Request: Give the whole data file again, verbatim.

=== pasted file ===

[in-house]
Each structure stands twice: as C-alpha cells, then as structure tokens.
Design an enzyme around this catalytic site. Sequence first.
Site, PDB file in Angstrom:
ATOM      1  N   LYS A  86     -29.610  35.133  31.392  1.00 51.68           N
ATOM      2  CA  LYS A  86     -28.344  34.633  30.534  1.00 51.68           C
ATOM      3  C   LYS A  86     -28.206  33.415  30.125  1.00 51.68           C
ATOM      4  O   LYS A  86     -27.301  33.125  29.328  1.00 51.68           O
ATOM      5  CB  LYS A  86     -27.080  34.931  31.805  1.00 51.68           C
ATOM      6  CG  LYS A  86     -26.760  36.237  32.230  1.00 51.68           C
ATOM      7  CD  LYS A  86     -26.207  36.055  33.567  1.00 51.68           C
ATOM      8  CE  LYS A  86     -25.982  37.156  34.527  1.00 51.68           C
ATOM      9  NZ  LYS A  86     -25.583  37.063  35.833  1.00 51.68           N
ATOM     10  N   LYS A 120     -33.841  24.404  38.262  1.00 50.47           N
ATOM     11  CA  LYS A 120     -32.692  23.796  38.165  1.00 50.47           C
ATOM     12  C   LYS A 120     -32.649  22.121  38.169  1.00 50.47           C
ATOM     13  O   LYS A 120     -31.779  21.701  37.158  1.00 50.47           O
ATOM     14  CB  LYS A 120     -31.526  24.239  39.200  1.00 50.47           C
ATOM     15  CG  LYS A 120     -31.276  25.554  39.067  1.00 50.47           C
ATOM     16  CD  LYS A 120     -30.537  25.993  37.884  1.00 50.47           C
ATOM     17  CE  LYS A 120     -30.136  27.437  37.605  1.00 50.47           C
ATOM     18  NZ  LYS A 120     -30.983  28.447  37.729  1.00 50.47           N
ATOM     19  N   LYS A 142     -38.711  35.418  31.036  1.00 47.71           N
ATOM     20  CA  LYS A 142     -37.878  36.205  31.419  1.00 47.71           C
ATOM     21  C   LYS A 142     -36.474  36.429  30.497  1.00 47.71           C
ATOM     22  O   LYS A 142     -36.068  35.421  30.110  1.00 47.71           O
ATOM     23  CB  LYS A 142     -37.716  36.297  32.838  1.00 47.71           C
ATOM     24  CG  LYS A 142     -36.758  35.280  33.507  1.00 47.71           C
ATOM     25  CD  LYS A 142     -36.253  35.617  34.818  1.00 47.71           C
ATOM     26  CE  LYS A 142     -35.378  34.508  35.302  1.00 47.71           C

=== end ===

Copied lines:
[in-house]
Each structure stands twice: as C-alpha cells, then as structure tokens.
Design an enzyme around this catalytic site. Sequence first.
Site, PDB file in Angstrom:
ATOM      1  N   LYS A  86     -29.610  35.133  31.392  1.00 51.68           N
ATOM      2  CA  LYS A  86     -28.344  34.633  30.534  1.00 51.68           C
ATOM      3  C   LYS A  86     -28.206  33.415  30.125  1.00 51.68           C
ATOM      4  O   LYS A  86     -27.301  33.125  29.328  1.00 51.68           O
ATOM      5  CB  LYS A  86     -27.080  34.931  31.805  1.00 51.68           C
ATOM      6  CG  LYS A  86     -26.760  36.237  32.230  1.00 51.68           C
ATOM      7  CD  LYS A  86     -26.207  36.055  33.567  1.00 51.68           C
ATOM      8  CE  LYS A  86     -25.982  37.156  34.527  1.00 51.68           C
ATOM      9  NZ  LYS A  86     -25.583  37.063  35.833  1.00 51.68           N
ATOM     10  N   LYS A 120     -33.841  24.404  38.262  1.00 50.47           N
ATOM     11  CA  LYS A 120     -32.692  23.796  38.165  1.00 50.47           C
ATOM     12  C   LYS A 120     -32.649  22.121  38.169  1.00 50.47           C
ATOM     13  O   LYS A 120     -31.779  21.701  37.158  1.00 50.47           O
ATOM     14  CB  LYS A 120     -31.526  24.239  39.200  1.00 50.47           C
ATOM     15  CG  LYS A 120     -31.276  25.554  39.067  1.00 50.47           C
ATOM     16  CD  LYS A 120     -30.537  25.993  37.884  1.00 50.47           C
ATOM     17  CE  LYS A 120     -30.136  27.437  37.605  1.00 50.47           C
ATOM     18  NZ  LYS A 120     -30.983  28.447  37.729  1.00 50.47           N
ATOM     19  N   LYS A 142     -38.711  35.418  31.036  1.00 47.71           N
ATOM     20  CA  LYS A 142     -37.878  36.205  31.419  1.00 47.71           C
ATOM     21  C   LYS A 142     -36.474  36.429  30.497  1.00 47.71           C
ATOM     22  O   LYS A 142     -36.068  35.421  30.110  1.00 47.71           O
ATOM     23  CB  LYS A 142     -37.716  36.297  32.838  1.00 47.71           C
ATOM     24  CG  LYS A 142     -36.758  35.280  33.507  1.00 47.71           C
ATOM     25  CD  LYS A 142     -36.253  35.617  34.818  1.00 47.71           C
ATOM     26  CE  LYS A 142     -35.378  34.508  35.302  1.00 47.71           C